Wash your face twice a day with warm water, exfoliate once a week to remove dead skin, and avoid makeup with additives or harsh chemicals. Talk to your dermatologist about which products to use or any skin conditions you may have. Dermatologists can often recommend products to help treat a variety of skin conditions, while also providing anti-aging benefits at the same time.

Essential oils like frankincense, lavender, myrrh and sandalwood can provide additional anti-aging benefits. Frankincense oil has been known to protect skin cells, improve skin tone, reduce the appearance of wrinkles, scars and sunspots. Lavender oil brings rapid healing to dry skin, minor cuts, scrapes and burns. Be sure to mix your essential oils with an unscented carrier oil (coconut oil, jojoba oil, or pomegranate seed oil) and test a small area of your skin first to test for possible allergic reactions.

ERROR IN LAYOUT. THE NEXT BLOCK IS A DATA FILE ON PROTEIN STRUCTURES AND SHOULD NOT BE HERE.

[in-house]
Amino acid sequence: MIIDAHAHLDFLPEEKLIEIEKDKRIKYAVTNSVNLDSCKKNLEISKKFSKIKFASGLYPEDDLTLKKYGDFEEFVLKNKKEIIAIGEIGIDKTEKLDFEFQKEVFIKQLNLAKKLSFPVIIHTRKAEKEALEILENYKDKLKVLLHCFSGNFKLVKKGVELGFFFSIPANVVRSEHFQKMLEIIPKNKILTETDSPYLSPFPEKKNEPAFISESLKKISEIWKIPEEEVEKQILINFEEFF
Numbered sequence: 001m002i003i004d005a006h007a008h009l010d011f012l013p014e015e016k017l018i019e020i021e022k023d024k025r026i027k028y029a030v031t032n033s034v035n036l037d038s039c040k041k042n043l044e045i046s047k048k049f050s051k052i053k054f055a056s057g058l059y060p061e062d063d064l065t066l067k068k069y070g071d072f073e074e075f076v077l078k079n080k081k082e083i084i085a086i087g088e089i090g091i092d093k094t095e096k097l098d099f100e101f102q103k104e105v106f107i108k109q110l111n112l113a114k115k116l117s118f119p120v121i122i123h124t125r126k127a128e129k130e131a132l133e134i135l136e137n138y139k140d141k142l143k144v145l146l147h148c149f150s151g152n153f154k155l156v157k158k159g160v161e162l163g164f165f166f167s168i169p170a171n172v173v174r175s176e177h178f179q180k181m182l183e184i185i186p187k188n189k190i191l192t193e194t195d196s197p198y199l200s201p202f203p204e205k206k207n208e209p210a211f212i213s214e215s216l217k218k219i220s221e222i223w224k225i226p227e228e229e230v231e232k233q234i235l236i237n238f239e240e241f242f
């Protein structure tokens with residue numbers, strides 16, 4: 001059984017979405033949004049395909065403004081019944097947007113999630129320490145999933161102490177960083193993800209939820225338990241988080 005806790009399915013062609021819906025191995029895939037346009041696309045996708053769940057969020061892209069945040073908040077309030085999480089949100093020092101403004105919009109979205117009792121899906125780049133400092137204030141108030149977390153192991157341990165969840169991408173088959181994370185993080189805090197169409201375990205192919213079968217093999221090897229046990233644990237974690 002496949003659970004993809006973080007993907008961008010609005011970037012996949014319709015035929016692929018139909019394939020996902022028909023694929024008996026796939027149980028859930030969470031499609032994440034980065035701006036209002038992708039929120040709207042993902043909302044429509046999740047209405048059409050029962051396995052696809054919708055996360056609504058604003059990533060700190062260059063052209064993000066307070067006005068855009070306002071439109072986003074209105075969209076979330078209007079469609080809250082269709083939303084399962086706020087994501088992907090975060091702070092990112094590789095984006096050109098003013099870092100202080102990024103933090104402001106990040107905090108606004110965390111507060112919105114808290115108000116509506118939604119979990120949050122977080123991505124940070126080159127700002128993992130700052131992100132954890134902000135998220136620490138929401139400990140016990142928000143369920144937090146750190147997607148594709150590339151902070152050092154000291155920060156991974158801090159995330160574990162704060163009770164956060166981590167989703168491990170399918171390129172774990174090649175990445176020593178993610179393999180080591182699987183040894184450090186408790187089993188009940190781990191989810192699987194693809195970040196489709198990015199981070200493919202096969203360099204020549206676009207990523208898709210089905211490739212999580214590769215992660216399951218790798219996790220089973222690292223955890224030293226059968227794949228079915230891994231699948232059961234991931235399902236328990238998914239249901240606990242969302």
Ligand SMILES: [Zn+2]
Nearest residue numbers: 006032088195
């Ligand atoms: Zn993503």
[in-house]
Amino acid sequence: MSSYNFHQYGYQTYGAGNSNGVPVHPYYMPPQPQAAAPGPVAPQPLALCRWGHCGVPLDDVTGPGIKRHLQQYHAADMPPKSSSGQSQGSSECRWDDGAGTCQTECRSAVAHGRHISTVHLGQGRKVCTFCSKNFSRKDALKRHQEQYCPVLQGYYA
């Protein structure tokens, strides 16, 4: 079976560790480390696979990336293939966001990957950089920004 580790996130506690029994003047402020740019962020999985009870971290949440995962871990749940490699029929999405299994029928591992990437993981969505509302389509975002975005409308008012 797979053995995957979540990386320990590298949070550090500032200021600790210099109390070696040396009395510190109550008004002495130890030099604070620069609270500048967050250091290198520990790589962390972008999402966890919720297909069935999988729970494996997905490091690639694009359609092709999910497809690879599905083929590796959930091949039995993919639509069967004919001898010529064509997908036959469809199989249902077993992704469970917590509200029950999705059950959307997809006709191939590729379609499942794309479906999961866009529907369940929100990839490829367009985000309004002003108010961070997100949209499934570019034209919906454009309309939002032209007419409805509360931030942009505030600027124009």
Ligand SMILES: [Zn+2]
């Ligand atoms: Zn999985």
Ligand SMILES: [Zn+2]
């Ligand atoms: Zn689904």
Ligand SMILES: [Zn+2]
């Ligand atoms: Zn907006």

By taking the time to develop a few simple daily habits now, you can help protect your skin from premature aging and keep it looking healthy for years to come.

Pathways to Healing specializes in holistic chiropractic care. Dr. Alyssa Musgrove draws on a variety of techniques, including chiropractic, kinesiology, nutrition, food allergy testing and lifestyle counseling to assist clients in achieving optimal health and wellness in one setting. In addition, the practice is committed to being a valuable source of information so that people can learn how to live a healthy lifestyle and prevent future illness. Pathways to Healing is located at 1022 Founders Row, Lake Oconee Village, Greensboro. The office can be reached at 706-454-2040.